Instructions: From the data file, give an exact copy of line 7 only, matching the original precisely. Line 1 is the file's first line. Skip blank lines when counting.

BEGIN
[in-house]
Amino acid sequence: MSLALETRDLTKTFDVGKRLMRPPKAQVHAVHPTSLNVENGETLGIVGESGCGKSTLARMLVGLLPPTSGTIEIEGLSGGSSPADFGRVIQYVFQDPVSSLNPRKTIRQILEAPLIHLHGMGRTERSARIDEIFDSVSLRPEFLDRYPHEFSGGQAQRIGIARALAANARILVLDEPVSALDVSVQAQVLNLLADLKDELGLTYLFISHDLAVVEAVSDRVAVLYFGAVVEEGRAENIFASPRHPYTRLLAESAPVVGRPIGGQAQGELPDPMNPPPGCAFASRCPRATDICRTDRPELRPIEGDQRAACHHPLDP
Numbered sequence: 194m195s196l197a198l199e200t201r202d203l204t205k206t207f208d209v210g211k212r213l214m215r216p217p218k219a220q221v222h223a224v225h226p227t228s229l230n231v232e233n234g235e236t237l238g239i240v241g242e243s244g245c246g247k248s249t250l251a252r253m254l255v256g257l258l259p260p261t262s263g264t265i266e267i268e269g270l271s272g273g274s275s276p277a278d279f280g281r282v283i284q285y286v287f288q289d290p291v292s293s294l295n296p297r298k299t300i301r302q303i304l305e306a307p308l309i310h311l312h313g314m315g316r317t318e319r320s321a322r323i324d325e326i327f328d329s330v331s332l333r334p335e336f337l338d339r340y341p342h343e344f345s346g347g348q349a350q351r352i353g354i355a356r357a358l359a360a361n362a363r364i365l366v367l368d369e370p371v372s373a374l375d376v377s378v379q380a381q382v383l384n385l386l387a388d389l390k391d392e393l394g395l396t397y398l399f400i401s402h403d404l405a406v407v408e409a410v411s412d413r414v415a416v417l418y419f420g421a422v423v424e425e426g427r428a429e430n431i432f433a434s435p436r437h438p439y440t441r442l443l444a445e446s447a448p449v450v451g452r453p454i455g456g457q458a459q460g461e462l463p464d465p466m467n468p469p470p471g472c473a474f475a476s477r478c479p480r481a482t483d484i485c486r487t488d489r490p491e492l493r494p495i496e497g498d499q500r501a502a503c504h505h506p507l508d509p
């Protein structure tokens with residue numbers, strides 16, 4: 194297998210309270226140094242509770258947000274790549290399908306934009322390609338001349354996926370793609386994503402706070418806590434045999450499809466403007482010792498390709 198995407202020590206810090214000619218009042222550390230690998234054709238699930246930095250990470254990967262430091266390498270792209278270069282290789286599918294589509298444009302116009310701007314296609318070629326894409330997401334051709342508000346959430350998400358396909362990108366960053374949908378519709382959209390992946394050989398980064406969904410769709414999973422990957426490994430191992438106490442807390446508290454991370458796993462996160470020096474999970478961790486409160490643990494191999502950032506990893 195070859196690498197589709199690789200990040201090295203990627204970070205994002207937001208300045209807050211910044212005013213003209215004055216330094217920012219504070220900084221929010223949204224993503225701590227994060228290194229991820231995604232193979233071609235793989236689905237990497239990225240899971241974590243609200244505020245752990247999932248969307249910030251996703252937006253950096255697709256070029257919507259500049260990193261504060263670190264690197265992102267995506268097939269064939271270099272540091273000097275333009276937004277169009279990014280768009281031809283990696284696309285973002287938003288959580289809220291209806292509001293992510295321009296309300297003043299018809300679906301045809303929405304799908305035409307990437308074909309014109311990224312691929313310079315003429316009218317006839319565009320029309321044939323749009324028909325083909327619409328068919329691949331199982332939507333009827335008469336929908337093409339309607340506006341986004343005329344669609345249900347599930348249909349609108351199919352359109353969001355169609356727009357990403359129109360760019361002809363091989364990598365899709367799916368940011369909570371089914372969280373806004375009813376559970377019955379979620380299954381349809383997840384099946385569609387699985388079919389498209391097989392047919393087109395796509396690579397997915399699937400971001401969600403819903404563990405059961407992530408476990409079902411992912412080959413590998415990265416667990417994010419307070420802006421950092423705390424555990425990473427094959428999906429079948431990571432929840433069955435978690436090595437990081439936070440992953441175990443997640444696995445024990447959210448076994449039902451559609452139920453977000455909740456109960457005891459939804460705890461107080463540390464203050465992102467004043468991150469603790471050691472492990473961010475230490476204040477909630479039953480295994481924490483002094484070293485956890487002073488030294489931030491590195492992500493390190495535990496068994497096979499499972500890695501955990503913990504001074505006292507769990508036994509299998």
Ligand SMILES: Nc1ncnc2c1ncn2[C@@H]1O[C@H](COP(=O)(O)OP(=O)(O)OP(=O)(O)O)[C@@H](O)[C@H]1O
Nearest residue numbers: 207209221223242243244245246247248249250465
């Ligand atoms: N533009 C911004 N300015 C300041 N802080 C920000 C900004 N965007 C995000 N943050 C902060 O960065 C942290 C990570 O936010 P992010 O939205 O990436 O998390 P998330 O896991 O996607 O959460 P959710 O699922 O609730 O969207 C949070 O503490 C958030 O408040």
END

């Ligand atoms: N533009 C911004 N300015 C300041 N802080 C920000 C900004 N965007 C995000 N943050 C902060 O960065 C942290 C990570 O936010 P992010 O939205 O990436 O998390 P998330 O896991 O996607 O959460 P959710 O699922 O609730 O969207 C949070 O503490 C958030 O408040």